• Priority Queue: A priority queue is an abstract concept like "a list" or "a map"; just as a list can be implemented with a linked list or an array, a priority queue can be implemented with a heap or a variety of other methods.Heap (data structure)_item_8_18
• K-way merge: A heap data structure is useful to merge many already-sorted input streams into a single sorted output stream. Examples of the need for merging include external sorting and streaming results from distributed data such as a log structured merge tree. The inner loop is obtaining the min element, replacing with the next element for the corresponding input stream, then doing a sift-down heap operation. (Alternatively the replace function.) (Using extract-max and insert functions of a priority queue are much less efficient.)Heap (data structure)_item_8_19
• Order statistics: The Heap data structure can be used to efficiently find the kth smallest (or largest) element in an array.Heap (data structure)_item_8_20

## Implementations Heap (data structure)_section_5

Heap (data structure)_unordered_list_9

• The C++ Standard Library provides the make_heap, push_heap and pop_heap algorithms for heaps (usually implemented as binary heaps), which operate on arbitrary random access iterators. It treats the iterators as a reference to an array, and uses the array-to-heap conversion. It also provides the container adaptor priority_queue, which wraps these facilities in a container-like class. However, there is no standard support for the replace, sift-up/sift-down, or decrease/increase-key operations.Heap (data structure)_item_9_21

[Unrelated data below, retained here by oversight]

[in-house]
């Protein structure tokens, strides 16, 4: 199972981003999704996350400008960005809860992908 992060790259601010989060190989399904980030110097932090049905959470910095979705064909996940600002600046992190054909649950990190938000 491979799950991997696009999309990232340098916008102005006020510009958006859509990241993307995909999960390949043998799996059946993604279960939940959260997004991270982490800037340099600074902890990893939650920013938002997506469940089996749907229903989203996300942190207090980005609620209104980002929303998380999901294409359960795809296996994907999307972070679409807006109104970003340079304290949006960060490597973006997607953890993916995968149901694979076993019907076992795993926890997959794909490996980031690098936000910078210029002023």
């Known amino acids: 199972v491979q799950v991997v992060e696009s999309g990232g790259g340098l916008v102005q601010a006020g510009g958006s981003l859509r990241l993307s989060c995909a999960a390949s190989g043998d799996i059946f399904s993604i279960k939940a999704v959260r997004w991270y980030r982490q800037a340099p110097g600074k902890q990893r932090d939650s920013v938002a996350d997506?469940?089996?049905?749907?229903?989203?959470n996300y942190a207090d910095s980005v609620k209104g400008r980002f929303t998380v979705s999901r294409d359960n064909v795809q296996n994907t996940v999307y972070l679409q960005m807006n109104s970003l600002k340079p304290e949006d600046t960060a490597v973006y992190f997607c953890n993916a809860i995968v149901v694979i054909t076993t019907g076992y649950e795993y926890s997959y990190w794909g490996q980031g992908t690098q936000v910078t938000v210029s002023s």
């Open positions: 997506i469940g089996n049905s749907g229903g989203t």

• The Boost C++ libraries include a heaps library. Unlike the STL, it supports decrease and increase operations, and supports additional types of heap: specifically, it supports d-ary, binomial, Fibonacci, pairing and skew heaps.Heap (data structure)_item_9_22
• There is a for C and C++ with D-ary heap and B-heap support. It provides an STL-like API.Heap (data structure)_item_9_23
• The standard library of the D programming language includes , which is implemented in terms of D's . Instances can be constructed from any . BinaryHeap exposes an that allows iteration with D's built-in foreach statements and integration with the range-based API of the .Heap (data structure)_item_9_24
• The Java platform (since version 1.5) provides a binary heap implementation with the class in the Java Collections Framework. This class implements by default a min-heap; to implement a max-heap, programmer should write a custom comparator. There is no support for the replace, sift-up/sift-down, or decrease/increase-key operations.Heap (data structure)_item_9_25
• Python has a module that implements a priority queue using a binary heap. The library exposes a heapreplace function to support k-way merging.Heap (data structure)_item_9_26
• PHP has both max-heap (SplMaxHeap) and min-heap (SplMinHeap) as of version 5.3 in the Standard PHP Library.Heap (data structure)_item_9_27
• Perl has implementations of binary, binomial, and Fibonacci heaps in the distribution available on CPAN.Heap (data structure)_item_9_28
• The Go language contains a package with heap algorithms that operate on an arbitrary type that satisfies a given interface. That package does not support the replace, sift-up/sift-down, or decrease/increase-key operations.Heap (data structure)_item_9_29
• Apple's Core Foundation library contains a structure.Heap (data structure)_item_9_30
• Pharo has an implementation of a heap in the Collections-Sequenceable package along with a set of test cases. A heap is used in the implementation of the timer event loop.Heap (data structure)_item_9_31
• The Rust programming language has a binary max-heap implementation, , in the collections module of its standard library.Heap (data structure)_item_9_32